by Paul Cashmere, Noise11
Culture Club fans came to reminisce but as Boy George told them “this isn’t a retirement tour”. The juggle was weighing fan expectations with George’s desire to prove 21st century relevance.
That was the challenge. For the 10,000 people in a room hanging out for Karma Chameleon and a band with their first album in 17 years all set to go, it became a balancing act. Culture Club managed to achieve both.
The show opened with a video montage that capsulized the highs and lows of Boy George’s life in a few minutes from spectacular achievement to the embarrassing arrests. George articulated the good with the bad saying later “If you grew up with a Culture Club poster on your wall you’re probably a bit more open-minded”.
Then for the first eight songs of the show he won over the crowd starting with three massive hits in Church of the Poison Mind, It’s A Miracle and I’ll Tumble 4 Ya and keeping familiarity with more from the 80s including the breathtaking Victims, the Culture Club masterpiece.
The show did feature four new songs from the still unreleased crowd-funded Tribes album. George pretty much apologized for playing the music live by blaming radio for not playing new music. (Note to George: It’s a bit hard for radio to play your new music when you don’t release it.)
The first two new songs Different Man and Like I Used To failed to excite the audience. Both were greeted with a more curious than interested reaction but the one that did work was the countrified ode to Johnny Cash Runaway Train. (Note2 to George: Just release the damn thing and let the fans decide).
It is a shame there is hesitation to release Tribes because A: Runaway Train proves the album will have substance and B: that catalog of hits from the 80s will forever be this bands calling card so really who cares what people think.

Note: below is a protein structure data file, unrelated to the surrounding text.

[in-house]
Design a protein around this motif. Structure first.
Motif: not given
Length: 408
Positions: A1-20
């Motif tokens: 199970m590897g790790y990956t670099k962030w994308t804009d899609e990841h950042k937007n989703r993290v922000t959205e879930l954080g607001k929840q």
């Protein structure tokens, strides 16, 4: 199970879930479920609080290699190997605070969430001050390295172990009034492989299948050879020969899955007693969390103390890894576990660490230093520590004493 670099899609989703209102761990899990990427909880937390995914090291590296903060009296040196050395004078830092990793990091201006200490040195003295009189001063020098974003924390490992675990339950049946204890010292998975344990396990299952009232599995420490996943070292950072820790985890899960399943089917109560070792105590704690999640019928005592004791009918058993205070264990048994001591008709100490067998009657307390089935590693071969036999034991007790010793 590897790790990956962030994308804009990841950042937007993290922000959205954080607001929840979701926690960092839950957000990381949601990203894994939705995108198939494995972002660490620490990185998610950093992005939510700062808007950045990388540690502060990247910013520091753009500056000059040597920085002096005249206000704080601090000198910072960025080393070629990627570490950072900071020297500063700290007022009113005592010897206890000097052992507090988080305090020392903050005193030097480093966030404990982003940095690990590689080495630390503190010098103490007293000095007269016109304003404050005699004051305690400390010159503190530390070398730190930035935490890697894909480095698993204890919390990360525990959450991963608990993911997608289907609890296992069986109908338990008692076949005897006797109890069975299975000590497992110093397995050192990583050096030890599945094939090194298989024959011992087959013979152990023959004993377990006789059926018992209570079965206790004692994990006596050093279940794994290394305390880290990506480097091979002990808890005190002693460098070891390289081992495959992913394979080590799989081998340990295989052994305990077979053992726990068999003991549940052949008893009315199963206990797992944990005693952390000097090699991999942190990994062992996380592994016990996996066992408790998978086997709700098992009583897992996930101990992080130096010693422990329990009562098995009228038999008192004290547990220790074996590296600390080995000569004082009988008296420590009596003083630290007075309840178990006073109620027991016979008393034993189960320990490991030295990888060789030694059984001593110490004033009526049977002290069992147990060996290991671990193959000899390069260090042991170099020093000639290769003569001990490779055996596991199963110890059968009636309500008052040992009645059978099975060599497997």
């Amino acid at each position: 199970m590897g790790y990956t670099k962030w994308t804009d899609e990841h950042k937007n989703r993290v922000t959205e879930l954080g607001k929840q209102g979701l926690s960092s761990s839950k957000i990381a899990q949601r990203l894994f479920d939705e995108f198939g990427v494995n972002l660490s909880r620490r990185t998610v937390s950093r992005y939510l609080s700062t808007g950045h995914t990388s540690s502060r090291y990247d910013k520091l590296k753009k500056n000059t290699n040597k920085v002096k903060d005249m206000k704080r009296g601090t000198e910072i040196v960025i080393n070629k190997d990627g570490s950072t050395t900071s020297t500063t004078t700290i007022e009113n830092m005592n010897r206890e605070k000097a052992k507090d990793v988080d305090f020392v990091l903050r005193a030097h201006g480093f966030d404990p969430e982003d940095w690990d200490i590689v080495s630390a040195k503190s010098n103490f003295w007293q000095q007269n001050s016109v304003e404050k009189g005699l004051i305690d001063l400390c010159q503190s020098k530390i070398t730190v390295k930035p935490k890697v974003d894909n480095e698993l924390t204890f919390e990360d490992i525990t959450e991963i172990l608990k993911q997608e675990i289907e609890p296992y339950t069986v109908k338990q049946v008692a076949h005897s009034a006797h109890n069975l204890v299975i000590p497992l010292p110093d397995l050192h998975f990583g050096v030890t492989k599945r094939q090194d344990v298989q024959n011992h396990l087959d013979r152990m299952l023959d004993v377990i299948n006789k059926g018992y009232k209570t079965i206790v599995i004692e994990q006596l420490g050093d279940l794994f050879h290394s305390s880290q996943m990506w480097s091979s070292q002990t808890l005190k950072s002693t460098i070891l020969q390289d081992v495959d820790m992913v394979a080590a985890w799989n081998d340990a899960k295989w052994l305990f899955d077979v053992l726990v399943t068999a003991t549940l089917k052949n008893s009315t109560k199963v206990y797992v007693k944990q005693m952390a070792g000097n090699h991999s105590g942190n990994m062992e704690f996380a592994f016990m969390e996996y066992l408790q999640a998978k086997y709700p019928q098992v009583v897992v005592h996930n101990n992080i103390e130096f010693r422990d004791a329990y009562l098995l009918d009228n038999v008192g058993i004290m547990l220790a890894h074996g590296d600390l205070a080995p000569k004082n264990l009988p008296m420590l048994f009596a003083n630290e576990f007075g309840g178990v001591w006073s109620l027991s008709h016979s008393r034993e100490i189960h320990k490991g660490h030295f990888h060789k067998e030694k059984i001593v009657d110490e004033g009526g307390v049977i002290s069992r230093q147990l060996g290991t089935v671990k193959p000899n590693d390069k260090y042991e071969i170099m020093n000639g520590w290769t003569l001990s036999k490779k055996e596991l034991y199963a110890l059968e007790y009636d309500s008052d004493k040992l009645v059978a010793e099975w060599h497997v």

The nod to the band’s musical influences with the Bowie and T.Rex covers proves that this isn’t a disposable band put together by a team of judges from a TV show. As George pointed out, he has done many of these songs solo over the years but magic happens when the four Culture Club members perform together. The songs need the ingredients of Roy Hay, Jon Moss, Mikey Craig and George O’Dowd. Something is missing when the parts aren’t all there.
Culture Club songs like Do You Really Want To Hurt Me and Karma Chameleon will outlive us all. They are textbook examples of great 80s pop.
Culture Club’s legacy was that they made “different the new norm”. Now that they have reconnected with the fans, if they can survive this tour, they can keep this going for decades.
Culture Club set list, Melbourne, June 10 2016
- Church of the Poison Mind (from Colour By Numbers, 1983)
- It’s A Miracle (from Colour By Numbers, 1983)
- I’ll Tumble 4 Ya (from Kissing To Be Clever, 1982)
- Move Away (from From Luxury To Heartache, 1986)
- Everything I Own (Bread cover)(from Boy George’s Sold, 1987)
- Black Money (from Colour By Numbers, 1983)
- Victims (from Colour By Numbers, 1983)
- Time (Clock of the Heart) (single, 1982)
- Different Man (unreleased)
- Like I Used To (unreleased)
- Miss Me Blind (from Colour By Numbers, 1983)
- The Crying Game (from The Cry Game OST, 1992)
- Do You Really Want To Hurt Me? (from Kissing To Be Clever, 1982)
- More Than Silence (from Tribes, 2016)
- Runaway Train (unreleased)
- Karma Chameleon (from Colour By Numbers, 1983)
- Bang A Gong (Get It On) (T. Rex cover)
- Starman (David Bowie cover) (from Don’t Mind If I Do, 1999)